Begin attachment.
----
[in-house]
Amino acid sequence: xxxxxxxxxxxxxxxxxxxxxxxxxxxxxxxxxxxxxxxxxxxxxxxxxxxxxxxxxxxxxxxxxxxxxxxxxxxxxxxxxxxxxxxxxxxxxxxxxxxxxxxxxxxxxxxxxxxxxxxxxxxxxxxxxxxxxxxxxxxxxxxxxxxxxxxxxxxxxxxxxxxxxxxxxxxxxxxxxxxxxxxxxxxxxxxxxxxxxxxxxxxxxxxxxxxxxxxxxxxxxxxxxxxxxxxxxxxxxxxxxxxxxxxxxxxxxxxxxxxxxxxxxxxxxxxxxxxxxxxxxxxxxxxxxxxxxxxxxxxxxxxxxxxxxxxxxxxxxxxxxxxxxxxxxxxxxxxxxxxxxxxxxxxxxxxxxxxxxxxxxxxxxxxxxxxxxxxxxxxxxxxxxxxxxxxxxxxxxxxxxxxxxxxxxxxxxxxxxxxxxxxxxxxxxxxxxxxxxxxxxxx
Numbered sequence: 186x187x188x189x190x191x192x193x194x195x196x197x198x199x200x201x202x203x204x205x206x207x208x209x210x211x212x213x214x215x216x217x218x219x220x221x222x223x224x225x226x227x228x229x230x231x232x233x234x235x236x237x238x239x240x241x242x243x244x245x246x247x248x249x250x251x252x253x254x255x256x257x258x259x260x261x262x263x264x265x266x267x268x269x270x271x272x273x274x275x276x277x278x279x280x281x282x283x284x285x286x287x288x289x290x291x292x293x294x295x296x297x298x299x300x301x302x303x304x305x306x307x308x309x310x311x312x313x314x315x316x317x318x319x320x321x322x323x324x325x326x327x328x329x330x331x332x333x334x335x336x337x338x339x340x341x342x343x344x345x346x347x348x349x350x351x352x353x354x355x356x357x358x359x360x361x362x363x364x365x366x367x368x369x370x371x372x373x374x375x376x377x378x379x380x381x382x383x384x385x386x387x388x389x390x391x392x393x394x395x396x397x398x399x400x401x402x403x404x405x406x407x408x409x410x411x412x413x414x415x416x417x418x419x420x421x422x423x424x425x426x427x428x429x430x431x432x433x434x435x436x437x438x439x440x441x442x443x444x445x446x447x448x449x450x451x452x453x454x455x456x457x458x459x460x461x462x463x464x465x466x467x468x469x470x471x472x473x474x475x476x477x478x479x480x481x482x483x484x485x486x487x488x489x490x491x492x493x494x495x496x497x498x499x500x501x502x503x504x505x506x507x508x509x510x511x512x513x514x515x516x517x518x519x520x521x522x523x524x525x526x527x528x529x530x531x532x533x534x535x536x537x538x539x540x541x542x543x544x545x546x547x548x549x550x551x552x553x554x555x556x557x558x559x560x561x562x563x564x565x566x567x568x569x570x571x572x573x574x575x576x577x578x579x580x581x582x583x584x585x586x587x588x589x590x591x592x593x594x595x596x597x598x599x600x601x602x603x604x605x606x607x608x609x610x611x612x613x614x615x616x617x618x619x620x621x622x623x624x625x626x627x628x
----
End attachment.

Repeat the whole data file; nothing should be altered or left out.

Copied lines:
[in-house]
Amino acid sequence: xxxxxxxxxxxxxxxxxxxxxxxxxxxxxxxxxxxxxxxxxxxxxxxxxxxxxxxxxxxxxxxxxxxxxxxxxxxxxxxxxxxxxxxxxxxxxxxxxxxxxxxxxxxxxxxxxxxxxxxxxxxxxxxxxxxxxxxxxxxxxxxxxxxxxxxxxxxxxxxxxxxxxxxxxxxxxxxxxxxxxxxxxxxxxxxxxxxxxxxxxxxxxxxxxxxxxxxxxxxxxxxxxxxxxxxxxxxxxxxxxxxxxxxxxxxxxxxxxxxxxxxxxxxxxxxxxxxxxxxxxxxxxxxxxxxxxxxxxxxxxxxxxxxxxxxxxxxxxxxxxxxxxxxxxxxxxxxxxxxxxxxxxxxxxxxxxxxxxxxxxxxxxxxxxxxxxxxxxxxxxxxxxxxxxxxxxxxxxxxxxxxxxxxxxxxxxxxxxxxxxxxxxxxxxxxxxxxxxxxxxxx
Numbered sequence: 186x187x188x189x190x191x192x193x194x195x196x197x198x199x200x201x202x203x204x205x206x207x208x209x210x211x212x213x214x215x216x217x218x219x220x221x222x223x224x225x226x227x228x229x230x231x232x233x234x235x236x237x238x239x240x241x242x243x244x245x246x247x248x249x250x251x252x253x254x255x256x257x258x259x260x261x262x263x264x265x266x267x268x269x270x271x272x273x274x275x276x277x278x279x280x281x282x283x284x285x286x287x288x289x290x291x292x293x294x295x296x297x298x299x300x301x302x303x304x305x306x307x308x309x310x311x312x313x314x315x316x317x318x319x320x321x322x323x324x325x326x327x328x329x330x331x332x333x334x335x336x337x338x339x340x341x342x343x344x345x346x347x348x349x350x351x352x353x354x355x356x357x358x359x360x361x362x363x364x365x366x367x368x369x370x371x372x373x374x375x376x377x378x379x380x381x382x383x384x385x386x387x388x389x390x391x392x393x394x395x396x397x398x399x400x401x402x403x404x405x406x407x408x409x410x411x412x413x414x415x416x417x418x419x420x421x422x423x424x425x426x427x428x429x430x431x432x433x434x435x436x437x438x439x440x441x442x443x444x445x446x447x448x449x450x451x452x453x454x455x456x457x458x459x460x461x462x463x464x465x466x467x468x469x470x471x472x473x474x475x476x477x478x479x480x481x482x483x484x485x486x487x488x489x490x491x492x493x494x495x496x497x498x499x500x501x502x503x504x505x506x507x508x509x510x511x512x513x514x515x516x517x518x519x520x521x522x523x524x525x526x527x528x529x530x531x532x533x534x535x536x537x538x539x540x541x542x543x544x545x546x547x548x549x550x551x552x553x554x555x556x557x558x559x560x561x562x563x564x565x566x567x568x569x570x571x572x573x574x575x576x577x578x579x580x581x582x583x584x585x586x587x588x589x590x591x592x593x594x595x596x597x598x599x600x601x602x603x604x605x606x607x608x609x610x611x612x613x614x615x616x617x618x619x620x621x622x623x624x625x626x627x628x